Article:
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Alabama, with a view to suppress the dis- kingdom of New Grenada, contains, in graceful and unchristian practice of duel- the opinion of De Humboldt, a line of ling. It enjoins, that an oath shall be country of about eighty leagues, through administered to, and subscribed by, the which a canal could be cut, but which members of the general assembly, coun- would not be applicable to vessels of bursellors, and attorneys at law, and all offi- den, as the mouth of the Arato, or river cers and public functionaries, either civil Darien, has only six feet water over it. or military, before they enter upon the This seems to be the only part of Ameduties of their stations, that they have rica in which the chain of the Andes is neither directly nor indirectly given, ac- entirely broken. It is stated, that in the cepted, or knowingly carried a challenge, interior of the province of Choco, where in writing or otherwise, to any person,

the small ravine of Ruebrada de la Rasbeing a citizen of that State, or aided or padura, unites the neighbouring sources abetted in the same, since January 1, of the Rio San Juan, and the small river 1826 ; and further, that they will neither Quito, which, with the Andageda and the directly nor indirectly give, accept, or Zitara, form the Rio d’Atrato, which disknowingly carry a challenge to any per- charges itself into the Atlantic Ocean ; son during their continuance in the dis- while the Rio San Juan flows into the charge of any public function.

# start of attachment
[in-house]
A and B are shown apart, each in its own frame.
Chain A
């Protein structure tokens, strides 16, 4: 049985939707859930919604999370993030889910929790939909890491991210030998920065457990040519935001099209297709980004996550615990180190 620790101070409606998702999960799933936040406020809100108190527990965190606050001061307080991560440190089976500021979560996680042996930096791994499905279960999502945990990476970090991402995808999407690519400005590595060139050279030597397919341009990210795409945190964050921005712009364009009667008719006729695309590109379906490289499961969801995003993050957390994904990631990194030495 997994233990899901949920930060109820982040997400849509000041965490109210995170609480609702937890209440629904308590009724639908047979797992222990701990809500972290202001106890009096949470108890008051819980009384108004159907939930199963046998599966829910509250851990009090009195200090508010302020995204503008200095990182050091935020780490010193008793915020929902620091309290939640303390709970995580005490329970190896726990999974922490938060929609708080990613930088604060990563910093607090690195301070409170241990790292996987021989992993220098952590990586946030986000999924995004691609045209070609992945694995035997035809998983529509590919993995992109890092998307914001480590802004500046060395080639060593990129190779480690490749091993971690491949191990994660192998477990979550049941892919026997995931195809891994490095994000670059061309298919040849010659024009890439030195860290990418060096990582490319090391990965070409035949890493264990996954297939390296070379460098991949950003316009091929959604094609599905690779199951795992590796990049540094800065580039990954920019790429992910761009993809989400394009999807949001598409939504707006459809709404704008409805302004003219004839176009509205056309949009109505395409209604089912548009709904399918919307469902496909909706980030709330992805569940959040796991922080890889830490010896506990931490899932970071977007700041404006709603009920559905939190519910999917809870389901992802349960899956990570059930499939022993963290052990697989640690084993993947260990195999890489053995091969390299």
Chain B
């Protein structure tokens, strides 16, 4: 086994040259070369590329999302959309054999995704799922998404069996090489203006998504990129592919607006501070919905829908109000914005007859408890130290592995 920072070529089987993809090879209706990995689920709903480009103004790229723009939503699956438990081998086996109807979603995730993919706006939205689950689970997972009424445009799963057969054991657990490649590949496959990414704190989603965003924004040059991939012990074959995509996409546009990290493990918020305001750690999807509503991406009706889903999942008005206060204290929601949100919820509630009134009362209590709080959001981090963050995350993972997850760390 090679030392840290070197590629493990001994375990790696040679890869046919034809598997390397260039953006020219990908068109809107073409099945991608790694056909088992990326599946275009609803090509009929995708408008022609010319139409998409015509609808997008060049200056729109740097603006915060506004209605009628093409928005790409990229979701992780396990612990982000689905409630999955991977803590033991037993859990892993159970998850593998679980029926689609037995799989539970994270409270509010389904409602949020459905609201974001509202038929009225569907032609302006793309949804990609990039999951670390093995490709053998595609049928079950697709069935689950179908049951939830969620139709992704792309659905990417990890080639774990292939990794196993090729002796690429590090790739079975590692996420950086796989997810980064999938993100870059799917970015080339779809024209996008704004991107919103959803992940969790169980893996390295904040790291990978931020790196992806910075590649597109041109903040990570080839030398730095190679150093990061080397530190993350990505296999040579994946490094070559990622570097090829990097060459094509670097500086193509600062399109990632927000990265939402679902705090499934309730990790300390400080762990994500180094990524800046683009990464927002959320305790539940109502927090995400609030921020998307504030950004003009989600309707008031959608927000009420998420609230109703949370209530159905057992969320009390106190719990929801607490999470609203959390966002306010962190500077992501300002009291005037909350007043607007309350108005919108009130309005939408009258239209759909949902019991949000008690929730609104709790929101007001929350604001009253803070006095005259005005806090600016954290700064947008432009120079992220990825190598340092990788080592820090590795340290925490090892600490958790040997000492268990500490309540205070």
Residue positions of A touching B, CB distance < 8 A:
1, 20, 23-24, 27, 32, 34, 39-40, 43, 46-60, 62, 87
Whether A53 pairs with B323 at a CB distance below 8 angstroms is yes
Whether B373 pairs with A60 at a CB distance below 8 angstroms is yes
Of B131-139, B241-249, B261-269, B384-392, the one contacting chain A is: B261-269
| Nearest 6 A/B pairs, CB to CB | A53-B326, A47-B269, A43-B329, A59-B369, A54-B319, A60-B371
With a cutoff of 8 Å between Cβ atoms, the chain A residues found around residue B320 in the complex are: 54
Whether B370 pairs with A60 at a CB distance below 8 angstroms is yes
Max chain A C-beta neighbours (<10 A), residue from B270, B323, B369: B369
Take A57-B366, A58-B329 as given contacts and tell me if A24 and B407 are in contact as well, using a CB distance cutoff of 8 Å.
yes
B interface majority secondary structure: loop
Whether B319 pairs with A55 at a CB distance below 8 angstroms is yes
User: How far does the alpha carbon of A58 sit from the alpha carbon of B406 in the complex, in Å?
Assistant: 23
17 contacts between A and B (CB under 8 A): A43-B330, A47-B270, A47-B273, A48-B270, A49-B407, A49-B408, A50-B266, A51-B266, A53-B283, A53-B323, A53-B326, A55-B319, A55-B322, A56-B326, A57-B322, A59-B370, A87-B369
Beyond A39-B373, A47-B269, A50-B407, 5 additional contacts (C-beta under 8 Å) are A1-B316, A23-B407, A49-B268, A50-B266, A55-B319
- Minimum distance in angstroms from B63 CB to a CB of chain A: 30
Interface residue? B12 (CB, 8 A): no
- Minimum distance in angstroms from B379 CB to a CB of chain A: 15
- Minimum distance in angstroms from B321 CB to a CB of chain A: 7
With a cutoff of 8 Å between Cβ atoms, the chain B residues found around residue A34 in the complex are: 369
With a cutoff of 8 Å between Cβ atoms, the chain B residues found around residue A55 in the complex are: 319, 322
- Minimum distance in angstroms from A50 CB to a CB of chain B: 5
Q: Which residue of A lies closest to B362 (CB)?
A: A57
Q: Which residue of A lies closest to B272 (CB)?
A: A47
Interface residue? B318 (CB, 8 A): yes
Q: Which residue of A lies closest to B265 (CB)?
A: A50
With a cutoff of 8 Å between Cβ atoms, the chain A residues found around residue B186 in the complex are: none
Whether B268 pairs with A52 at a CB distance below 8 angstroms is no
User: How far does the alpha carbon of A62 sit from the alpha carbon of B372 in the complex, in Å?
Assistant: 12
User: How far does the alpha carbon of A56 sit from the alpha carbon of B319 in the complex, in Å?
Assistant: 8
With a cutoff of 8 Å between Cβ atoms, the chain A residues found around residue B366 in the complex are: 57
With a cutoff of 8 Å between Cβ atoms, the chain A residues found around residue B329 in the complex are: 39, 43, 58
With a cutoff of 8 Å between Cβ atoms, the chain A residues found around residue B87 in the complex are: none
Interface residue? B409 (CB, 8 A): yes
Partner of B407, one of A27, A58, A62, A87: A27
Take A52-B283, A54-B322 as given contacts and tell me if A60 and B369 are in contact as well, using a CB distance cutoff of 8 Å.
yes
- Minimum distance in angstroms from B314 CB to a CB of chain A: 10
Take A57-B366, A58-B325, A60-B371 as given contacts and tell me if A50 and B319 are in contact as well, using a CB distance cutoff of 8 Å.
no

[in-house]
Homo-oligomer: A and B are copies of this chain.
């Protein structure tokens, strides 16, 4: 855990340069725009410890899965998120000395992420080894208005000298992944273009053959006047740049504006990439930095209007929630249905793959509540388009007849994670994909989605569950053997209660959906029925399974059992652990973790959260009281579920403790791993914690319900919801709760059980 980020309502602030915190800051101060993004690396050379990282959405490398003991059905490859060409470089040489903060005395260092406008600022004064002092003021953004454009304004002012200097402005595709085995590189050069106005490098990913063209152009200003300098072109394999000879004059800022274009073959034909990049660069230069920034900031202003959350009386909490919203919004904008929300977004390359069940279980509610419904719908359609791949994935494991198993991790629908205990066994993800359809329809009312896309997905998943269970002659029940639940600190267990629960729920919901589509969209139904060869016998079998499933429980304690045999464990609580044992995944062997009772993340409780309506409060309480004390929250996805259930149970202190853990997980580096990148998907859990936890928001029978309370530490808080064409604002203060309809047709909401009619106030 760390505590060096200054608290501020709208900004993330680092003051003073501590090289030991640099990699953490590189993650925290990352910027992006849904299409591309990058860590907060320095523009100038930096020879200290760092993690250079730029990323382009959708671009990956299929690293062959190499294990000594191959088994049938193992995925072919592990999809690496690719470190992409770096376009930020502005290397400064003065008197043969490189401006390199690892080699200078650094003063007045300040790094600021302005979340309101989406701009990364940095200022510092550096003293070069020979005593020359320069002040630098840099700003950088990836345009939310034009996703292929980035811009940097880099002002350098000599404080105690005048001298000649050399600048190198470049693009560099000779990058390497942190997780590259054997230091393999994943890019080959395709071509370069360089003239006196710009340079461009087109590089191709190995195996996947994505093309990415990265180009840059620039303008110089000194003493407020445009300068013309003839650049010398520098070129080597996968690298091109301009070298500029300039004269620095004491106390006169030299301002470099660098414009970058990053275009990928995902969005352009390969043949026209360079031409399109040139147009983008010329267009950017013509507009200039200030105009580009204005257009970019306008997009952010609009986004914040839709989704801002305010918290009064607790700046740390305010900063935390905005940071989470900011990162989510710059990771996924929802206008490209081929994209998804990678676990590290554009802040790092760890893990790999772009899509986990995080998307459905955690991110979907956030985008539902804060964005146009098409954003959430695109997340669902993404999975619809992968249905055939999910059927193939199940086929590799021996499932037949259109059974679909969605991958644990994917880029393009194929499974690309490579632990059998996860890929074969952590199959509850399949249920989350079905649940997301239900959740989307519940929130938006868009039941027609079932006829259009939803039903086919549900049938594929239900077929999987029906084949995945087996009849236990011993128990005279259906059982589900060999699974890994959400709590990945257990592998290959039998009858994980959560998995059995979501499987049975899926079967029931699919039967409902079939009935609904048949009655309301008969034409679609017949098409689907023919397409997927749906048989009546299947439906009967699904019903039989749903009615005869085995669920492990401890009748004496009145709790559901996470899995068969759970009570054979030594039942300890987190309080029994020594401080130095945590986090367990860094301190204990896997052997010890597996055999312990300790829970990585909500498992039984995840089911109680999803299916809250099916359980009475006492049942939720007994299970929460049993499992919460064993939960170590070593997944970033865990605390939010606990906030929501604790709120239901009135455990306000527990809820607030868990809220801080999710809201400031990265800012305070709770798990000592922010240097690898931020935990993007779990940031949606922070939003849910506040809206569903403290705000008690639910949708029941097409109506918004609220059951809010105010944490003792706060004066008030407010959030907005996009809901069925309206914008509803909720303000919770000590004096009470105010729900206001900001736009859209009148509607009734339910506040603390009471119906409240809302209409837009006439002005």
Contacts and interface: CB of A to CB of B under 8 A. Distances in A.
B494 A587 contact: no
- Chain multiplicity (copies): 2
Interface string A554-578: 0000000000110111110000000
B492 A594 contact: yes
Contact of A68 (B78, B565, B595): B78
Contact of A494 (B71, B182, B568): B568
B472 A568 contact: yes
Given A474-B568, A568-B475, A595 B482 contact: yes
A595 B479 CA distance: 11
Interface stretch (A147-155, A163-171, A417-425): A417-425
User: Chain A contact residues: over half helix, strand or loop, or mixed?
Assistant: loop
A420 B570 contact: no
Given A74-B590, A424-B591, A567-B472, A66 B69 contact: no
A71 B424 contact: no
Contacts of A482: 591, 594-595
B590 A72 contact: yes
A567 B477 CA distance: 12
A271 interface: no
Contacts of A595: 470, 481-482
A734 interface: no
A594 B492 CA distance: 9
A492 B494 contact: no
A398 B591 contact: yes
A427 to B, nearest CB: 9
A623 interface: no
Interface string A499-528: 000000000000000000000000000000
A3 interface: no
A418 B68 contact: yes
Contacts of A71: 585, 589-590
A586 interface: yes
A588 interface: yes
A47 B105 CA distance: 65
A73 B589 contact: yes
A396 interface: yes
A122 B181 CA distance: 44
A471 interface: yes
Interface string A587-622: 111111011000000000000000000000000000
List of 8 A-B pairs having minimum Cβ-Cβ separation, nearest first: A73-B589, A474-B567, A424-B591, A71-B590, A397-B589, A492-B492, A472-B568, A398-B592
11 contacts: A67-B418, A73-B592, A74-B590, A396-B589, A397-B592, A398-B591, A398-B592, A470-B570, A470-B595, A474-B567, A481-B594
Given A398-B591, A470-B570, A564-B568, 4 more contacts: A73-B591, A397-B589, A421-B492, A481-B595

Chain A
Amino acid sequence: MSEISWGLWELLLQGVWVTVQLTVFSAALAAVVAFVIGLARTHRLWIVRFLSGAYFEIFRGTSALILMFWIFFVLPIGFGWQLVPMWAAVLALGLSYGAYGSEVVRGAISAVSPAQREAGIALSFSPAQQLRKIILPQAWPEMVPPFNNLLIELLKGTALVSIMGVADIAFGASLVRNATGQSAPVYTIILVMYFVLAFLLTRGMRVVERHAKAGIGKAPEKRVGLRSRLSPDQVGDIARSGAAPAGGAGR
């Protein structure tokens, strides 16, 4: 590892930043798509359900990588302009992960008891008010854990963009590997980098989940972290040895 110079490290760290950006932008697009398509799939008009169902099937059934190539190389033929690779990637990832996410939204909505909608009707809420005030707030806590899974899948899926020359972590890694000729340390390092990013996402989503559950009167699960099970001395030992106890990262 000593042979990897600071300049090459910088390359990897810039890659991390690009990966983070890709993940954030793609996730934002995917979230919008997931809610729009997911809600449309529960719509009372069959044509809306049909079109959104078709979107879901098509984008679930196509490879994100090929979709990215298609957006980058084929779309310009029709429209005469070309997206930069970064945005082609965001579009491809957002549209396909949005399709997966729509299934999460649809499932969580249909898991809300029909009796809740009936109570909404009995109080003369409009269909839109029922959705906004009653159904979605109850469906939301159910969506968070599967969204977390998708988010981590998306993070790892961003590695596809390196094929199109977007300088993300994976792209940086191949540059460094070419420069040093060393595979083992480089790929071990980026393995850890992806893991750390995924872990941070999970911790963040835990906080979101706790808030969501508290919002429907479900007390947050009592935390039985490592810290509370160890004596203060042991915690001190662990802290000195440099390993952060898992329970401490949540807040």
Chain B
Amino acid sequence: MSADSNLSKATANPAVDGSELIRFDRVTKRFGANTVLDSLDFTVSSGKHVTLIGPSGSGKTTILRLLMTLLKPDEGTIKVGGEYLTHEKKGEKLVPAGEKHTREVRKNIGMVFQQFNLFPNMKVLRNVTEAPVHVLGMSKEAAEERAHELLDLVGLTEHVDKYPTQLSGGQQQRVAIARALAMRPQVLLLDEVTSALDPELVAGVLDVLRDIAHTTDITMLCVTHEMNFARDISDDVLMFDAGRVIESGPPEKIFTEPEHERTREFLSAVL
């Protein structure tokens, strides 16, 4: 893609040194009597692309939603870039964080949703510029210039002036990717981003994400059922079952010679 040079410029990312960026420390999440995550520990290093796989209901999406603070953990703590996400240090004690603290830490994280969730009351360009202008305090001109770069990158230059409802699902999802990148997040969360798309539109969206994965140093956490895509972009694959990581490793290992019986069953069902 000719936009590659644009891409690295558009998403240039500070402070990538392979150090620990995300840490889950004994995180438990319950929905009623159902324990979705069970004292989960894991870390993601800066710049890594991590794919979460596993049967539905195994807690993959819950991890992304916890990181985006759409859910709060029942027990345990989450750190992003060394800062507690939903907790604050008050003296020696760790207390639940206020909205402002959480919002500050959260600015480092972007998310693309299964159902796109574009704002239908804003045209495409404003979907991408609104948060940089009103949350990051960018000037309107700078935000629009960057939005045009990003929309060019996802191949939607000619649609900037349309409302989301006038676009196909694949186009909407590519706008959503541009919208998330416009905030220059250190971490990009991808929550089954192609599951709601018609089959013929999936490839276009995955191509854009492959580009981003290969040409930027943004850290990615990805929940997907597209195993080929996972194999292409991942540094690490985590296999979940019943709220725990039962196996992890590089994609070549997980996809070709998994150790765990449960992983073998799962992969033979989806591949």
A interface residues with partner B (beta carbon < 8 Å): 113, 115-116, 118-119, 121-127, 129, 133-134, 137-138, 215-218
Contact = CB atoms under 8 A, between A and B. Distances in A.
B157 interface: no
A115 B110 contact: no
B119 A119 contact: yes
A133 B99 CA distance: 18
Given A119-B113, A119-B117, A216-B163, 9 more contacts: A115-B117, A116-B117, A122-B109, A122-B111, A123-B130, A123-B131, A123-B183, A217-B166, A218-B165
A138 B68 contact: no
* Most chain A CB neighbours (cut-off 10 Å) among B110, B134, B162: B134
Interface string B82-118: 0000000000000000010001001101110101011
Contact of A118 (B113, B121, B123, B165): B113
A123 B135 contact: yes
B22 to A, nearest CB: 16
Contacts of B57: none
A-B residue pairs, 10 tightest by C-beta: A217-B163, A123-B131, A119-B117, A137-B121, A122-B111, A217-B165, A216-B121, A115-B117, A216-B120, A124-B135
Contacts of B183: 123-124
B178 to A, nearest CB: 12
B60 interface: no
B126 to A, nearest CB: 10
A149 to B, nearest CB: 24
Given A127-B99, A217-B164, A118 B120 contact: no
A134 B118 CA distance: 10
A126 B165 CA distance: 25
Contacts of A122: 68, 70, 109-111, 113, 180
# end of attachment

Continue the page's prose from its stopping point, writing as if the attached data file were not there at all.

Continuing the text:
South Sea, å monk of great activity, curé The remains of the ancient struc- of the village of Novita, employed his tures in the neighbourhood of the Ohio, parishioners in digging a small canal in continue to attract antiquarian research. the ravine De la Raspadura, by means of Some articles have recently been dis- which, when the rains are abundant, canoes covered; one was a vessel, apparently loaded with cocoa pass from sea to sea. composed of pounded shells and clay, This communication, it is said, has existed holding about two quarts, with four neat since 1783, unknown in Europe. The handles. Arrow-heads and spear-heads small canal of Raspadura unites, on the of flint, are found in ploughing the fields; coasts of the two oceans, two points stone hatchets, and stone pestles for seventy-five leagues distant from one anopounding corn, are also common. On ther. the beach near the mouth of the Muskin. Among the numerous proofs of the ragum, a curious ornament of white mar- pidity with which knowledge is advancing ble was discovered, which must have in South and Central America-where, at belonged to some distinguished personage the beginning of the present century, there among the ancient race of inhabitants. was scarcely any thing upon which the Ancient mounds are frequent all over the eye of the Christian or philanthropist, country of Washington; some construct- could rest with satisfaction-may be mened of stone, and some of earth.

tioned the frequent and heavy demands SOUTH AMERICA.

for printing apparatus, which have of late The idea, lately revived, of uniting the proceeded from that quarter. Atlantic and Pacific oceans was enter- is already becoming an engine of great tained as early as the year 1513; and five and increasing power throughout the new places have been mentioned as the most States. practicable for the purpose ; namely, the

PERU. isthmus of Darien, the isthmus of Pan Bolivar has directed public provision to nama, the province of Choco, the isth- be made for the education of the Indians mus of Tehuantepec, the isthmus of Ni. in Peru. Five hundred dollars per month caragua. The province of Choco, in the are to be appropriated to the object.

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PROGRESS OF EDUCATION IN that there are now in the school 201 boys